Wordmaster: amiable, amicable

These two words, amiable and amicable, should be carefully distinguished.

Amiable is used to describe people or expressions and means “appearing pleasant, agreeable, and friendly”:  an amiable mood, an amiable smile.

Amicable is used to describe arrangements or agreements and means “showing friendly goodwill”:  The two sides reached an amicable agreement. They settled their differences in an amicable manner.

Source:  The Penguin Wordmaster Dictionary, Martin Manser and Nigel Turton, eds., 1987.

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12 Comments (+add yours?)

  1. billarends
    Oct 23, 2009 @ 09:31:52

    People confuse these two? One is an Adjective and one an adverb.

    Reply

  2. Zayna
    Oct 23, 2009 @ 12:01:32

    Sorry Bill but most people under 20 these days don’t even know what adjectives and adverbs are. It’s frightening how poorly they spell and many of them seem to have no idea what punctuation and capitals are for.

    Makes me wonder about the future of literature.

    Reply

    • lulu
      Jul 30, 2010 @ 17:45:07

      …thefutureoflititurewillbefullofuncapatalizedrunonsentences…(do you have any idea how hard it is to type a run-on sentence)

      Reply

  3. Stephen
    Oct 23, 2009 @ 12:01:53

    No, they’re both adjectives. Both describe nouns (not verbs).

    Reply

  4. billarends
    Oct 23, 2009 @ 14:14:44

    Sorry your right Amiably or Amicably would be the adverb forms.

    Reply

  5. billarends
    Oct 23, 2009 @ 14:21:54

    I take back my original comment as the confusion is not difficult to understand when you look at the Etymology of Both words. They are both from Amicus (Latin for Friend) (OED)

    Reply

  6. Zayna
    Oct 23, 2009 @ 14:55:23

    Hmmm, having been well pleased that I knew the difference between the two words I didn’t really worry too much about whether they were adjectives or adverbs. I suppose it’s not just “kids these days”.

    Still, I’ll stand by my comment. :)

    Reply

  7. billarends
    Oct 23, 2009 @ 15:28:00

    I generally don’t get into spelling and punctuation debates as I tend to be bad at both. Zayna’s point is valid, but you also have to take into account those that have issues with communication. I am the secretary of the Learning Disabilities Association of Ottawa Carleton. We have hundreds of children and adults that come through our centre every year who struggle with spelling and grammar. The difficulty is not because they are lazy or sloppy. The difficulty is because they communicate differently. People with learning disabilities often have terrible spelling, for many reasons not related to their intellectual capacity contrary to what people think. I attended a conference last year where the presenter was a publish author. He ran an interactive presentation where he typed out the audiences responses. In this activity, he spelled almost every second incorrectly, yet on the topic of Dysgraphia, he is a noted expert. I have a mild form of Dyslexic Dysgraphia,. My spelling without a spell check is awful, and I will print rather than use cursive writing. Poor spelling and Grammar is not indicative of below average intelligence, Dyslexia is diagnosed in people of all levels of intelligence: below average, average, above average, and highly gifted. Zayna may be right the quality of education has gone down and there are more students that can’t spell and don’t know grammar from grandma simply because they have not been taught well, but not all are products of a poor educational system some have legitimate learning issues.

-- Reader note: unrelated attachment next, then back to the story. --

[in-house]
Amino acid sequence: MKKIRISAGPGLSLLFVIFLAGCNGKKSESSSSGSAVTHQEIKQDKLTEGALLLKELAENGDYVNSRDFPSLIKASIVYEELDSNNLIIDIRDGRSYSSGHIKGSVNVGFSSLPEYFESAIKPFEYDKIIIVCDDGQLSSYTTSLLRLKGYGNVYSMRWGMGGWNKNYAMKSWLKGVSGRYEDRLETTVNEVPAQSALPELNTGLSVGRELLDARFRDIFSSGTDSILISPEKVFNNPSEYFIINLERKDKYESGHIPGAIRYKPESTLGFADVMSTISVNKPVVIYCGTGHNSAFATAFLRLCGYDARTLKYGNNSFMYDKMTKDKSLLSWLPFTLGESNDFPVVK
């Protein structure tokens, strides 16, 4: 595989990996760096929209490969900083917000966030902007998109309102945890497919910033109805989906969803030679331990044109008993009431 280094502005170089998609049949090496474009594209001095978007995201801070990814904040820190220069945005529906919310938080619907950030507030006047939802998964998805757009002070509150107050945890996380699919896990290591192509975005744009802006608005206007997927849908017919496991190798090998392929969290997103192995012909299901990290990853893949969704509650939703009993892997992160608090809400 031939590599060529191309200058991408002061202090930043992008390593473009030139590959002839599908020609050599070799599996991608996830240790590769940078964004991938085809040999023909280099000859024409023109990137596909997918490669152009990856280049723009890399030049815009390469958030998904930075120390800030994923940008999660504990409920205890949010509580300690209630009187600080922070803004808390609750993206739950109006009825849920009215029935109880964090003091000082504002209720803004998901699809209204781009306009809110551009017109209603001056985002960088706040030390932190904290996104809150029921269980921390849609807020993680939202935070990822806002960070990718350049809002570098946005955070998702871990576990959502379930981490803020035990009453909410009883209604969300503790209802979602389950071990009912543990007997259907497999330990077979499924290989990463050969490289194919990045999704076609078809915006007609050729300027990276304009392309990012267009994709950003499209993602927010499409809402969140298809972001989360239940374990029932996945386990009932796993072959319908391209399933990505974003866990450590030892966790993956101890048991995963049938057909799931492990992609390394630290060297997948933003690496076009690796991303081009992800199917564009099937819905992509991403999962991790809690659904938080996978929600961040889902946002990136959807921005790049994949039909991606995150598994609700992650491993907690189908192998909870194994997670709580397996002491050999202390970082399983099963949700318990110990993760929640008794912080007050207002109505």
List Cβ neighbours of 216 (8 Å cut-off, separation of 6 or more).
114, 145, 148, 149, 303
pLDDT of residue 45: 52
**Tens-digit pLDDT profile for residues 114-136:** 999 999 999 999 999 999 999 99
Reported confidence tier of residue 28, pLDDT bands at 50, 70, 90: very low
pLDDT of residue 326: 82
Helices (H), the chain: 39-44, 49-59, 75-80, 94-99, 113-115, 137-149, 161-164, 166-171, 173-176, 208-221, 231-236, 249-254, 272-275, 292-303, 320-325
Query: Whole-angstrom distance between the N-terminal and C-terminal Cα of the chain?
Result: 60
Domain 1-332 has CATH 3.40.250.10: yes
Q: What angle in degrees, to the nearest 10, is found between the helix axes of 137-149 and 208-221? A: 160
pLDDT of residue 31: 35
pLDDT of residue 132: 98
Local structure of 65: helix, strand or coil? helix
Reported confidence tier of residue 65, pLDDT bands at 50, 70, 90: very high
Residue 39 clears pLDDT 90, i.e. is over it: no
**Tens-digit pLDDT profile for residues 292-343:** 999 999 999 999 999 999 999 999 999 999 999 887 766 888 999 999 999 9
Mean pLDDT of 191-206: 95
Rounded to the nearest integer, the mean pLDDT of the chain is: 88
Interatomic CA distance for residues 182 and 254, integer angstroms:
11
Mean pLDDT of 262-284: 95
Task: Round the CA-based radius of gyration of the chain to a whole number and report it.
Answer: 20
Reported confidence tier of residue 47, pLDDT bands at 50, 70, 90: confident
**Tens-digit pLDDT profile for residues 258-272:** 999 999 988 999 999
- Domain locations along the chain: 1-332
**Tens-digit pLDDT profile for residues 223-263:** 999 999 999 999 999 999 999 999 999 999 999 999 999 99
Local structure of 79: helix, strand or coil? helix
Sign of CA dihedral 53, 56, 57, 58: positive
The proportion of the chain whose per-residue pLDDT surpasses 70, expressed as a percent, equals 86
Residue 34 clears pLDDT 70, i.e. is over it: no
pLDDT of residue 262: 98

Reply

  8. Zayna
    Oct 23, 2009 @ 16:43:54

    Oh my…did I open a can of worms or what?

    First off, I did not at all mean to imply that everyone should fit into some kind of box and that those who don’t are less than those who do.

    Actually, quite the opposite…I pulled my “exceptional” (as labeled by the school) daughter out of public school for the exact reason that her potential was not being acknowledge let alone realized inside their framework.

    I was actually eluding to the mainstreaming of dumbing down to accommodate the acceptable norm (or rather to meet objectives set out by the Ministry of Education) instead of trying to rework the education system to take into account that not everyone learns the same way.

    I guess I put my foot in it. I really did not mean to offend and I sincerely apologize if I did.

    Though from my personal experience, the system does seem to do it’s best to maintain the status quo.

    Reply

  9. Stephen
    Oct 23, 2009 @ 22:28:01

    We always judge people’s intelligence based on their language skills. And there’s a certain validity to it: when someone is brilliant with words, it’s pretty safe to assume they are indeed intelligent!

    But the converse doesn’t hold up so well. Some people who are quite intelligent have poor spelling or grammar. Language is a very specialized function, it seems to me. As Bill says, just because someone struggles with spelling doesn’t mean they aren’t very intelligent in other respects.

    I do think our educational system fails to bring out the best in some students. But I hesitate to be too critical, because I think teaching is a tough profession to excel at.

    Reply

  10. billarends
    Oct 24, 2009 @ 07:22:35

    Zayna I wasn’t offended i was just putting on my LD association hat and ranting. It is my turn to apologize if I appeared critical. I tend to rant on the topic.

    Reply

  11. Zayna
    Oct 26, 2009 @ 18:07:37

    Okay, so is this where I apologize for implying that you appeared critical? LOL!

    I amiably suggest an amicable resolution. We should urge Stephen to put up a new post! :P

    Reply

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